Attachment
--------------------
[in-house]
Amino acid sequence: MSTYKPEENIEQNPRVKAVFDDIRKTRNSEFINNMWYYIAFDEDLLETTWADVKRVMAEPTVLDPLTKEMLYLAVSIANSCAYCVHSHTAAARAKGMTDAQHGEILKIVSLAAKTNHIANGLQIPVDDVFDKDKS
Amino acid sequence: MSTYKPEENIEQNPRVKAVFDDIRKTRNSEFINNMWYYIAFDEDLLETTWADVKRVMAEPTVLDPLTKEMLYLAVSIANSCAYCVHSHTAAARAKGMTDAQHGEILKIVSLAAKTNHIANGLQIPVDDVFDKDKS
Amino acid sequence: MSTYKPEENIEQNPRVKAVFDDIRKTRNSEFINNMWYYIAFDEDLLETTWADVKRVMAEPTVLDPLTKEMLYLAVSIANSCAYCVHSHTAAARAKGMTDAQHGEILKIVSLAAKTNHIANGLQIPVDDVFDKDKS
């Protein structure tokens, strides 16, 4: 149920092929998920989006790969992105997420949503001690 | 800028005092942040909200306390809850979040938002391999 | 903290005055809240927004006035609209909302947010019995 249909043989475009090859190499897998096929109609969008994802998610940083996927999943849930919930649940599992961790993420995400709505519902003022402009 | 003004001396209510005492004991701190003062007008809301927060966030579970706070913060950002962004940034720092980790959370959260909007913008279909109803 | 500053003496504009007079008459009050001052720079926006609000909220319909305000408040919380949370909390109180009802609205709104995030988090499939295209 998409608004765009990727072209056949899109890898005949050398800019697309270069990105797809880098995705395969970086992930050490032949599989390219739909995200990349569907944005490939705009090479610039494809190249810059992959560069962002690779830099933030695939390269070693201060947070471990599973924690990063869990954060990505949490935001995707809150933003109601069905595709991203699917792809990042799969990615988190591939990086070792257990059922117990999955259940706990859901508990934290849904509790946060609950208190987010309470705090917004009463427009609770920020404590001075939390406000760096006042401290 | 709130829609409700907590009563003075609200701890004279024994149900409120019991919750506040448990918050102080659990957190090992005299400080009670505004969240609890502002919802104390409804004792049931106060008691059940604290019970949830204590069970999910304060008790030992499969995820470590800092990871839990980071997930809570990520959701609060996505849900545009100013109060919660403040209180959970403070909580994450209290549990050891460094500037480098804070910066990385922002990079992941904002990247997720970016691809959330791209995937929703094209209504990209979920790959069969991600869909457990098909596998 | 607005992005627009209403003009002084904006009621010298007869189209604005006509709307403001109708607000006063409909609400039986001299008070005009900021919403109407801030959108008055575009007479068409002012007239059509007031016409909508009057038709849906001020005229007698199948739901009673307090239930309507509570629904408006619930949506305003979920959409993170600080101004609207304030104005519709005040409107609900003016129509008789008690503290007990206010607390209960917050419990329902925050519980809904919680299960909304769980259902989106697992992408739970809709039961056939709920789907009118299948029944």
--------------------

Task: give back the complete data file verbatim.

[in-house]
Amino acid sequence: MSTYKPEENIEQNPRVKAVFDDIRKTRNSEFINNMWYYIAFDEDLLETTWADVKRVMAEPTVLDPLTKEMLYLAVSIANSCAYCVHSHTAAARAKGMTDAQHGEILKIVSLAAKTNHIANGLQIPVDDVFDKDKS
Amino acid sequence: MSTYKPEENIEQNPRVKAVFDDIRKTRNSEFINNMWYYIAFDEDLLETTWADVKRVMAEPTVLDPLTKEMLYLAVSIANSCAYCVHSHTAAARAKGMTDAQHGEILKIVSLAAKTNHIANGLQIPVDDVFDKDKS
Amino acid sequence: MSTYKPEENIEQNPRVKAVFDDIRKTRNSEFINNMWYYIAFDEDLLETTWADVKRVMAEPTVLDPLTKEMLYLAVSIANSCAYCVHSHTAAARAKGMTDAQHGEILKIVSLAAKTNHIANGLQIPVDDVFDKDKS
């Protein structure tokens, strides 16, 4: 149920092929998920989006790969992105997420949503001690 | 800028005092942040909200306390809850979040938002391999 | 903290005055809240927004006035609209909302947010019995 249909043989475009090859190499897998096929109609969008994802998610940083996927999943849930919930649940599992961790993420995400709505519902003022402009 | 003004001396209510005492004991701190003062007008809301927060966030579970706070913060950002962004940034720092980790959370959260909007913008279909109803 | 500053003496504009007079008459009050001052720079926006609000909220319909305000408040919380949370909390109180009802609205709104995030988090499939295209 998409608004765009990727072209056949899109890898005949050398800019697309270069990105797809880098995705395969970086992930050490032949599989390219739909995200990349569907944005490939705009090479610039494809190249810059992959560069962002690779830099933030695939390269070693201060947070471990599973924690990063869990954060990505949490935001995707809150933003109601069905595709991203699917792809990042799969990615988190591939990086070792257990059922117990999955259940706990859901508990934290849904509790946060609950208190987010309470705090917004009463427009609770920020404590001075939390406000760096006042401290 | 709130829609409700907590009563003075609200701890004279024994149900409120019991919750506040448990918050102080659990957190090992005299400080009670505004969240609890502002919802104390409804004792049931106060008691059940604290019970949830204590069970999910304060008790030992499969995820470590800092990871839990980071997930809570990520959701609060996505849900545009100013109060919660403040209180959970403070909580994450209290549990050891460094500037480098804070910066990385922002990079992941904002990247997720970016691809959330791209995937929703094209209504990209979920790959069969991600869909457990098909596998 | 607005992005627009209403003009002084904006009621010298007869189209604005006509709307403001109708607000006063409909609400039986001299008070005009900021919403109407801030959108008055575009007479068409002012007239059509007031016409909508009057038709849906001020005229007698199948739901009673307090239930309507509570629904408006619930949506305003979920959409993170600080101004609207304030104005519709005040409107609900003016129509008789008690503290007990206010607390209960917050419990329902925050519980809904919680299960909304769980259902989106697992992408739970809709039961056939709920789907009118299948029944």